Washington, DC—Good Jobs First today lauded the Governmental Accounting Standards Board (GASB) for its latest formal guidance on how localities and states should disclose the costs of economic development tax breaks. Noting that the guidance apparently corrects at least one state auditor and some accounting firms, Good Jobs First called upon state officials and firms to publicize the new guidance and, if necessary, to revise and re-issue any erroneous instructions they may have given.
Washington, DC, April 20, 2017—Good Jobs First today criticized Columbus, Ohio’s 2016 financial report for mischaracterizing some tax-break spending. While the City provides substantial information on economic development tax breaks, it fails to report all of them in one place, and to fully disclose foregone revenue, as it should under a new accounting rule, Good Jobs First contends.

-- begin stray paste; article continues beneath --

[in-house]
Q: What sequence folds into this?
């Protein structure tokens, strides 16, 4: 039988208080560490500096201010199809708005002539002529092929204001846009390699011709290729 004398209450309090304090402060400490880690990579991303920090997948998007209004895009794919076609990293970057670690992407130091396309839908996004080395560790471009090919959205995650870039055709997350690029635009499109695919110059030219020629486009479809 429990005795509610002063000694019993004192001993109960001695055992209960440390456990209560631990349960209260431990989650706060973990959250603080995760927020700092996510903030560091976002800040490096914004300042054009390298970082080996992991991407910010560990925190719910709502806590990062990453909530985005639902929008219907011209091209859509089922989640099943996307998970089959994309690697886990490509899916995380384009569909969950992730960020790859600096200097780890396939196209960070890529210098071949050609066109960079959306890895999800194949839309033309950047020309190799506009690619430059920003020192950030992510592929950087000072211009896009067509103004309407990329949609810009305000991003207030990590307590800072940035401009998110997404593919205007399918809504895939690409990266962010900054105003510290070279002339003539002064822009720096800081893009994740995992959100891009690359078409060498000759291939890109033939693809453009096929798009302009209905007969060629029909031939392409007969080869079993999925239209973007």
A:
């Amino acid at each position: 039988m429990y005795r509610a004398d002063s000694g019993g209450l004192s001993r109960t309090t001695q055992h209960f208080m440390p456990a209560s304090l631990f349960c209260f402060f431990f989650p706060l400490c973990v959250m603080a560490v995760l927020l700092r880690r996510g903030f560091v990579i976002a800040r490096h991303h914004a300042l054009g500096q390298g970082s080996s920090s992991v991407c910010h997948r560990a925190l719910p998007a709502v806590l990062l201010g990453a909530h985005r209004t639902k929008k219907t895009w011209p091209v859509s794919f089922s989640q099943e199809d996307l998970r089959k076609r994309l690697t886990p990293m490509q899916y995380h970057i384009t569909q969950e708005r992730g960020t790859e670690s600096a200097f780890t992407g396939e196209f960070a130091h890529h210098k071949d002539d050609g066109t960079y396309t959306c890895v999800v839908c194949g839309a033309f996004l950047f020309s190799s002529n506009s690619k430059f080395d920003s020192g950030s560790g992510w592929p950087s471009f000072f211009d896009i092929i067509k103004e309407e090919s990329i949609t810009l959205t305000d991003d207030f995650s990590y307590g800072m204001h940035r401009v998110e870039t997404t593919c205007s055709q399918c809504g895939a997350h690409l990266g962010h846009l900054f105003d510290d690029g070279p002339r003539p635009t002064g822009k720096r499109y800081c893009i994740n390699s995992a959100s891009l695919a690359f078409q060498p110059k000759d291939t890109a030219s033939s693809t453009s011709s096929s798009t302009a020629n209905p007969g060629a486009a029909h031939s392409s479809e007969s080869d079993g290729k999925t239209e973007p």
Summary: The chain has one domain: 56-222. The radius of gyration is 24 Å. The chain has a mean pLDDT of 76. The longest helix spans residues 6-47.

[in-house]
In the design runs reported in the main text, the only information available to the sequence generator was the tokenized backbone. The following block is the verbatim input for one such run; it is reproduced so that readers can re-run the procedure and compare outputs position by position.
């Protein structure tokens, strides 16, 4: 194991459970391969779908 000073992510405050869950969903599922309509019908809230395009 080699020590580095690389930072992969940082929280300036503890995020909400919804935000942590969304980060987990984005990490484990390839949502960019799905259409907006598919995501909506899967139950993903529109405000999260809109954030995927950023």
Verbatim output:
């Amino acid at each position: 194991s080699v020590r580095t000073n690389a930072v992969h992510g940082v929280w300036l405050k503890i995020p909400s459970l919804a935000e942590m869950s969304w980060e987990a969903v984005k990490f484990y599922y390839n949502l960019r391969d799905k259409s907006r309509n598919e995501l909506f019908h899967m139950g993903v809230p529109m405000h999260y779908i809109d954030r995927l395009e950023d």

Washington, DC, April 18, 2017—Good Jobs First today announced a large new addition to Violation Tracker, the country’s first public database of corporate crime and misconduct: more than 34,000 cases brought by the Wage and Hour Division of the U.S. Department of Labor since the beginning of 2010 for violations of overtime, minimum wage and other provisions of the Fair Labor Standards Act.
Washington, DC, March 21, 2017--Good Jobs First today expressed concern at Bloomberg BNA's revelation that Amazon.com, Inc. has been awarded more than one third of Illinois' entire tax break allocation for the past two years of the state's Economic Development in a Growing Economy (EDGE) program.
Washington, DC, March 8, 2017— More than half of the nation’s 50 biggest cities and counties still fail to disclose online even the names of the companies receiving property tax abatements or other costly economic development incentives. Even fewer report incentive-deal outcomes: Only 13 of the 50 localities disclose the number of actual jobs created by one of their key incentive programs.